Thursday, 24 June 2010 04:04 UK
Australia’s Julia Gillard has become the country’s first female prime minister after Kevin Rudd stood aside from a party ballot.
Mr Rudd took the step in the knowledge he would suffer an embarrassing defeat, correspondents say.
His successor said the government had been losing its way and she promised to make it strong for this year’s general election.
The Labor Party had suffered a sharp drop in support in opinion polls.
So long as she is able to wipe the slate clean of Rudd’s mess, she should make a great leader
David BBC News website user, Melbourne Your views
Ms Gillard, who was deputy prime minister before the challenge to Mr Rudd, stood unopposed at a vote of the Labor Party’s 112 members of parliament at a meeting on Thursday morning.
Finance minister Wayne Swan was elected the new deputy leader, also unopposed.
Ms Gillard was born in Barry Island in Wales, moving to Australia with her family at the age of four.
‘Losing its way’
Emerging from the party vote at Parliament House in Canberra, Ms Gillard told reporters: “I came to the view that a good government was losing its way.
“I believe too I have a responsibility to make sure at the next election that Labor is there at its strongest.”
BBC News, Sydney
The tumble of events has been extraordinarily fast for at the start of this year the polls suggested that Kevin Rudd remained Australia’s most popular prime minister in 30 years – since the days of Bob Hawke.
But the pivotal moment came when he decided to shelve the centrepiece of his environmental strategy, an emissions trading scheme. Many thought it was an act of political cowardice – gutless was the oft-heard word.
Since becoming leader of the Labor party in 2006, he had always been much more popular with the Australian people than with his colleagues in the Labor party.
But after picking a fight with the resources sector over his plans for a super tax on their super profits, the polls slumped again.
The party powerbrokers and factional leaders decided the government would fare better at the forthcoming federal election with Julia Gillard at its head.
On the issue of a planned super tax on mining, which had dogged Mr Rudd, she said she wanted a consensus.
“We need to do more than consult, we need to negotiate… we need to end this uncertainty,” she said.
“Today, I am throwing open the government’s door to the mining industry and in return I ask the mining industry to open its mind.”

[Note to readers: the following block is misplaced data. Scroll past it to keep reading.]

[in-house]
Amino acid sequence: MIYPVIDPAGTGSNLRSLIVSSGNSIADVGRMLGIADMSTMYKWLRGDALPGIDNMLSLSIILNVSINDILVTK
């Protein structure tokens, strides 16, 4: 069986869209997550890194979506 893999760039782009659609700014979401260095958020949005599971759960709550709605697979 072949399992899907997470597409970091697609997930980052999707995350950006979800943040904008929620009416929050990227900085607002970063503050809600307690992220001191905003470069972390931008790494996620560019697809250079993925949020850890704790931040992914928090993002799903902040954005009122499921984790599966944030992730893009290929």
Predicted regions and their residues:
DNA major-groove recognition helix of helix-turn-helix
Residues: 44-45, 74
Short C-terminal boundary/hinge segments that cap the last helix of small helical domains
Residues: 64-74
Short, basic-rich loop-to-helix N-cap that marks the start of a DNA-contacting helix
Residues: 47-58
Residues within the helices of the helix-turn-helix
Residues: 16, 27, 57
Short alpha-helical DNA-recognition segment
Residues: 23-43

She said the government would cancel paid advertising canvassing for the mining tax and in return would ask the mining industry to call off its campaign.
On Mr Rudd, she said: “He was the leader who saw us through the global financial crisis.
“He came within a breath of brokering an international agreement on climate change.”
For his part, Mr Rudd said he would devote himself to helping Labor get re-elected.
“I have given it my absolute all and in that spirit I am proud of the achievements we have delivered to make this country fairer,” he said.
“I am proud of the fact we kept Australia out of the global economic recession.”
Fall from grace
Mr Rudd had called a late-night news conference on Wednesday to announce the ballot after Ms Gillard said she would stand.
Support for Kevin Rudd within his party ebbed away
Mr Rudd, who led Labor to a landslide election victory against the Liberal government in 2007, blamed “a number of factional leaders” within the party for plotting against him.
Announcing he would stand in the leadership ballot, a defiant Mr Rudd had said: “I was elected to do a job. I intend to continue doing that job. I believe there is a strong body of support for the continuation of my leadership.”
But the BBC’s Nick Bryant in Australia said that by Thursday morning Mr Rudd could not even muster enough support to contend the ballot.
His popularity had plummeted following setbacks on his mining tax plans and the shelving of an emissions trading scheme.
Our correspondent adds that Mr Rudd has always been more popular with the public than with his colleagues – he is regarded as intellectually arrogant and aloof.
So when his approval ratings started to slump, his critics within the Labor Party moved against him, Nick Bryant says.
Julia Gillard was born on September 29th, 1961 according to http://en.wikipedia.org/wiki/Julia_Gillard
September 29th, 1961
9 + 29 +1+9+6+1 = 55 = her life lesson = what she is hear to learn = Insight. Clarity. Brilliance. Philosophy.